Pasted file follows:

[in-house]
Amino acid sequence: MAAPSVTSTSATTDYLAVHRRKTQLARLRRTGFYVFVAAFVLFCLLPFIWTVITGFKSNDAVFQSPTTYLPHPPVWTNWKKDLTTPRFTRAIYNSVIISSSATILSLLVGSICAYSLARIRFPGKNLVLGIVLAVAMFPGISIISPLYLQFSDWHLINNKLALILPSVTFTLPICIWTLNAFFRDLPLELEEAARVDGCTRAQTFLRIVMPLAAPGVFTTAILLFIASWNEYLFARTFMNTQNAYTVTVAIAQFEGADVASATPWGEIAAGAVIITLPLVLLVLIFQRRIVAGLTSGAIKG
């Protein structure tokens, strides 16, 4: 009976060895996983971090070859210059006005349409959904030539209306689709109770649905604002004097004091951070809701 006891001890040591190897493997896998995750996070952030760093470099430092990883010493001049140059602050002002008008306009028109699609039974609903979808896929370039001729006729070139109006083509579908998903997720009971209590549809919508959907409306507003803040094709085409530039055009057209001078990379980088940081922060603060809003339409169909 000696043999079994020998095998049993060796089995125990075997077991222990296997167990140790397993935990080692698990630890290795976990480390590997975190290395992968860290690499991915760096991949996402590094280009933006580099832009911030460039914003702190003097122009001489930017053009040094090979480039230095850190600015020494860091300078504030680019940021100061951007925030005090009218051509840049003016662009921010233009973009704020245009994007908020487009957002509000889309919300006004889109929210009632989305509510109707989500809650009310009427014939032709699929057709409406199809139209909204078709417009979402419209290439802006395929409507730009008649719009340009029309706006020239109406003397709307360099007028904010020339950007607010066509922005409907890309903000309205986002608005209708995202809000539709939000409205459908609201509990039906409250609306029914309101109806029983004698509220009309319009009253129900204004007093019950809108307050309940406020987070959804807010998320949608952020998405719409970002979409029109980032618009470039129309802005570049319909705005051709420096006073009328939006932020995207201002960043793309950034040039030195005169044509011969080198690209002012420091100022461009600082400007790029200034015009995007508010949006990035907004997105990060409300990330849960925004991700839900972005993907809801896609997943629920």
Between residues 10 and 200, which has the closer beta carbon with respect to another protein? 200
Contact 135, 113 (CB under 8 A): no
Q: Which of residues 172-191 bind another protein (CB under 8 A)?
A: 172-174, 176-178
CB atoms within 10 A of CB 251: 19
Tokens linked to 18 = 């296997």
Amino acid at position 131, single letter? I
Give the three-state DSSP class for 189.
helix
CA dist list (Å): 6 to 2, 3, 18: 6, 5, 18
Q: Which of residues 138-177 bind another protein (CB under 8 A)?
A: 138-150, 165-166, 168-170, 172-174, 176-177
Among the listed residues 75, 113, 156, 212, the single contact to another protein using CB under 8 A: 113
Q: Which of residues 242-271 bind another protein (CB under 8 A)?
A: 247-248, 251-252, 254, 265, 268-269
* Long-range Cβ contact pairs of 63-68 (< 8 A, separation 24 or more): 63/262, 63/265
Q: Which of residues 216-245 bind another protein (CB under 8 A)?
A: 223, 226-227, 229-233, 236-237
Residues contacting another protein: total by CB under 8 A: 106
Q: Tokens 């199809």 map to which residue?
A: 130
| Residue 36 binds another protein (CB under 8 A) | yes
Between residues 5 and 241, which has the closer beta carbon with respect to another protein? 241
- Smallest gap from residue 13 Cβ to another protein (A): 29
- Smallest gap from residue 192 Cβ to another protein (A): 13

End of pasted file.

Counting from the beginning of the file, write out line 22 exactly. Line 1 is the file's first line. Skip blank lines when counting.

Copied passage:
Residues contacting another protein: total by CB under 8 A: 106